With the tensions in North Korea recently making big news headlines I felt it appropriate to introduce a little known film by South Korean filmmaker Park Chun-wook, a name largely associated with his 2003 masterpiece “Oldboy“, as a means of cinematically reflecting over the current state of affairs. J.S.A. (or Joint Security Area) would establish Chan-wook as a talented but more importantly insightful director whose second feature embodied the communal tensions that South Koreans share with their distant relations across the border. As a thriller, J.S.A. keeps the viewer guessing right up until the very end of its lengthy climax and reveal. As a piece of contemporary cinema, it firmly established one of the greatest young talents today, whilst reflecting on what seems like an age-old conflict on the Korean Peninsula.
J.S.A.‘s plot follows an investigation by young Swiss Army investigator Sophie Jean, who is sent to the 38th parallel to uncover the truth behind the shootings of two North Korean soldiers by a Southern trooper. As her journey across both sides of the border continues the differing attitudes towards her presence in both countries begins to reach boiling point when the truth is finally made known to her. Sophie (played by South Korean actress Lee Young-ae) acts as a gateway for the audience to experience the small universe concealed between the two nations borders. Like her, we look through a small lens that never reveals the outer peripheries. The regimes on both sides of the conflict successfully manage to keep us guessing as to who is behind or what caused such political turbulence.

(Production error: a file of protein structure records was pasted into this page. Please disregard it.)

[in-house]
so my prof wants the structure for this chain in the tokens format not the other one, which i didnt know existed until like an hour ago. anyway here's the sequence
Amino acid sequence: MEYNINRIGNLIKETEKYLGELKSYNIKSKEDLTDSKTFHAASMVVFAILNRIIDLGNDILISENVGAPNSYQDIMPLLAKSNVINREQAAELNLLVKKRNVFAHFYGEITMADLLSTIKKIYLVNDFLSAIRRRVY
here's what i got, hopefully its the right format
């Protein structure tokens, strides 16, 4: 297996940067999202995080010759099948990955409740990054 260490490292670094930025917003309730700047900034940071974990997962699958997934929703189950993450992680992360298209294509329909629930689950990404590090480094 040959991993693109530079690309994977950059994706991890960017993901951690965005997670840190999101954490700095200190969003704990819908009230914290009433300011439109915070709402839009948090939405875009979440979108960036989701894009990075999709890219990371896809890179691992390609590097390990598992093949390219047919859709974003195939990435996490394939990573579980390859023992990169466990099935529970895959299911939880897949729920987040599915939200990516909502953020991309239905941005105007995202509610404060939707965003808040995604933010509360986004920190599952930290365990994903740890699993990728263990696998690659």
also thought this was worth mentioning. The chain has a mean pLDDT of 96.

Chan-wook’s direction is less focused than when he began what would later be known as his “Vengeance trilogy”, and some of J.S.A.‘s performance can be a tad on the ‘raw’ side. However with this less experienced mind we are witness to many clever moments in the film’s design and overall look. The cinematography and music used at the coda of the piece is particularly inventive, as are the ways in which both sides of the conflict are portrayed. Although indeed the North Koreans are depicted as highly secretive and suspicious, the moral dilemmas of right and wrong that such a situation can incur are left in the backdrop mostly. Both sides of each of the four main characters are slowly forgotten once their interaction with each other begins.
It is this overall motif of what is the truth that Chan-wook cleverly highlights nearly throughout the plot. Not the truth that the protagonist seeks, but instead the one lurking behind each states propaganda. The differences both pairs of soldiers have been raised to believe quickly become an apparent grouping of lies. It is only after all four come to realize this falsehood do their deaths become even more tragic. The final touch that Chan-wook leaves for us as viewers is a message that the truth (at least for the time being) is best left unknown, for some may not be prepared to accept such shattering change. Whether North Korea will still remain for another 50 years is unclear but one filmmaker is at least optimistic enough to imply status-quo cynicism won’t last forever.